Why Christ Came (Part Two)

Therefore, when Christ came into the world, he said: “Sacrifice and offering you did not desire, but a body you prepared for me; with burnt offerings and sin offerings you were not pleased. Then I said, ‘Here I am—it is written about me in the scroll—I have come to do your will, my God’” (Hebrews 10:5-7 NIV).

Our second text makes known why the Messiah came in relation to the story of God’s glory. God chose to work out his plan through a series of covenants. There are five covenants clearly identified in the Holy Writings, and they are usually linked to major characters in God’s plan. So we speak of covenants associated with Noah, Abraham, Moses, David, and Christ. The covenant with Abraham is called the holy covenant (Luke 1:72) or the promise (Galatians 3). The covenant with Moses is called the law or the old covenant in many places; it is also called the first   covenant (Hebrews 8:7; 9:1). It is important to keep this last designation in mind in order to understand Hebrews ten properly. The covenant of which Christ is the substance (Isaiah 42:6; 49:8) is usually called the new covenant, though in Hebrews it is also called the better or the second covenant (8:7 CSB, ESV, NLT). Now let’s focus on this second reason for Christ’s first coming.

The Messiah said, I have come to do your will, my God. Now surely he always pleased God the Father. When you read the Gospel of John carefully, you learn that all his works and words were exactly what the Father desired. When he did signs and wonders, each one was the will of the Father. When he spoke, he spoke what the Father told him to speak. How he acted was to reveal the Father to us (John 1:18). If we read this text through the lens of systematic or practical theology, we will think that this phrase is speaking of our Lord’s general obedience to the Father, and how he is our pattern to do the same. Certainly, there is nothing wrong with either systematic or practical theology, but we must not allow them to interfere with a proper understanding of any Biblical text. What is the will of God that Christ came to do?

First, in the above verses, notice the contrasts between sacrifice and offering with the body God prepared for the Messiah, and between offerings that could not please God and doing God’s will. Weren’t sacrifices and offerings established by God (see especially Leviticus) and so his will? Yes, they were! But they could not please God in the sense of being able to take away sin and cleanse the consciences of those who sinned. The Messiah had to come to provide a better sacrifice for sins, the offering of himself.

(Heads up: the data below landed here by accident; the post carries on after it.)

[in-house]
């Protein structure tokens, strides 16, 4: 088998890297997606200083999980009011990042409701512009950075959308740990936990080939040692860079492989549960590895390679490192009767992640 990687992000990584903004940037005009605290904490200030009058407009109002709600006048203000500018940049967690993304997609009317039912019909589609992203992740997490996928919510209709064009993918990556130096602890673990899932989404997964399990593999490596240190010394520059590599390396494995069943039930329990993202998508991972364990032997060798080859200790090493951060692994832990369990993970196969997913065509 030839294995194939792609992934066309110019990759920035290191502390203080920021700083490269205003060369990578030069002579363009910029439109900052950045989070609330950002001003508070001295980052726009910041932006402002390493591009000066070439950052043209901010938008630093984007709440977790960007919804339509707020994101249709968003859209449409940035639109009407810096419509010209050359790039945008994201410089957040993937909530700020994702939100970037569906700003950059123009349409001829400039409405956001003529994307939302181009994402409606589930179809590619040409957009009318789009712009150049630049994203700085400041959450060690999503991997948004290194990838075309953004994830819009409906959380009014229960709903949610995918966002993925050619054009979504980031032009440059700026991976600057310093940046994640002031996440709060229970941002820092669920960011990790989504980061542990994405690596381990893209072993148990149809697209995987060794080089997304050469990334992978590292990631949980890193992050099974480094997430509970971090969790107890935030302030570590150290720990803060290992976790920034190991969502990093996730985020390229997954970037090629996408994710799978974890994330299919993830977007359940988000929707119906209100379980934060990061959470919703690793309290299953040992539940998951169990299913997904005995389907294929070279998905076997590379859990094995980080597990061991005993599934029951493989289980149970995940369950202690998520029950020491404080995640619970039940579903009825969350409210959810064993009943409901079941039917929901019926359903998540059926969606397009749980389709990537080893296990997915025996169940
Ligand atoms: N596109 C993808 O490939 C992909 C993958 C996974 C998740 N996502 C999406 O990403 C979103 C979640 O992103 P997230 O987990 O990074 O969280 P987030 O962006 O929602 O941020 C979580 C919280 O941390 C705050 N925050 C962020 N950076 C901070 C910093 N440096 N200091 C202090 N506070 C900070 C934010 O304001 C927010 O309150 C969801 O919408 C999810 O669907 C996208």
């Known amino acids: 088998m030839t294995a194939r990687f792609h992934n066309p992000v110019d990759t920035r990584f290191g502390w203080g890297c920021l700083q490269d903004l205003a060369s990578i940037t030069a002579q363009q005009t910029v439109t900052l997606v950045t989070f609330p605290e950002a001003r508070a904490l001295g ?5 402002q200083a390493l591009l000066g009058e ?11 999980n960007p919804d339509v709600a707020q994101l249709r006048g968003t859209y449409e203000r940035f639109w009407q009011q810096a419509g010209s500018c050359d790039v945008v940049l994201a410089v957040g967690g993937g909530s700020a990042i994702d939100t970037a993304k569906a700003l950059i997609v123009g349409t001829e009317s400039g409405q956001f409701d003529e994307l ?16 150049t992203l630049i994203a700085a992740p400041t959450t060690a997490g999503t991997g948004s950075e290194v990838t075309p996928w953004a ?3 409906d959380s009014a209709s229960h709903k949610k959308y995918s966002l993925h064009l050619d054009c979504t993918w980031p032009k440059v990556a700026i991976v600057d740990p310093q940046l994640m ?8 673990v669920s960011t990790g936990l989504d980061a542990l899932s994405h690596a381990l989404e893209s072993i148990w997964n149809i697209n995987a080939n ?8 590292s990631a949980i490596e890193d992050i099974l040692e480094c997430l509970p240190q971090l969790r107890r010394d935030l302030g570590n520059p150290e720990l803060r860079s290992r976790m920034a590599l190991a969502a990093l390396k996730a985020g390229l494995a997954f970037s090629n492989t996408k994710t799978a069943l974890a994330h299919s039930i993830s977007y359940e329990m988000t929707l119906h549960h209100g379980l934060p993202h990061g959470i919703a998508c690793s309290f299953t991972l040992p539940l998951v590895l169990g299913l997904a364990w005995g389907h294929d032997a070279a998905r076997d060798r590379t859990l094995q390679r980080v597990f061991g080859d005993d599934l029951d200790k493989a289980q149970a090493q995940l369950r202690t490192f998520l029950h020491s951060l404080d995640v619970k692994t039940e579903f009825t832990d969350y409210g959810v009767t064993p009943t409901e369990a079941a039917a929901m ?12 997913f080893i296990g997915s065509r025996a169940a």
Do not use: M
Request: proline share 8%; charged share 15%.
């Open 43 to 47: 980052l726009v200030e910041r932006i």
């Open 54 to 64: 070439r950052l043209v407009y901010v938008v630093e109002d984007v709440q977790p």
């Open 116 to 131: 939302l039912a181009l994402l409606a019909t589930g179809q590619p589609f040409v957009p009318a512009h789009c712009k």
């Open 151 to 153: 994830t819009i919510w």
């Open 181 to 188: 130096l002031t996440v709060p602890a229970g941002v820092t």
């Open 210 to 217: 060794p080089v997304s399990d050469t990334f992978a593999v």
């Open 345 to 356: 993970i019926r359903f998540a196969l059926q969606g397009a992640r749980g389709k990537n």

Second, notice what the writer of Hebrews said about the old covenant. The law is only a shadow of the good things that are coming—not the realities themselves. For this reason it can never, by the same sacrifices repeated endlessly year after year, make perfect those who draw near to worship (10:1 NIV). It was a shadow and its sacrifices can nevermake perfect those who draw near to worship. Now a shadow is good for the purpose for which God made shadows. They show us that something of substance is nearby. But that does not make the shadow better than the substance. And when we have the substance, we no longer need the shadow. For example, my shadow might show my wife that I am walking toward her. So she is alert to my presence. But I don’t want her to kiss my shadow; I want her to kiss me!

There are too many Christians in our time that are in love with the shadows of the law covenant. Such shadows proclaimed that the Lord was near his old covenant people. So then, the law is holy, and the commandment is holy, righteous, and good (Romans 7:12 NIV). But now that Christ, who is the better covenant, has come and accomplished redemption, we no longer need the shadows of the law, because Christ is now in us.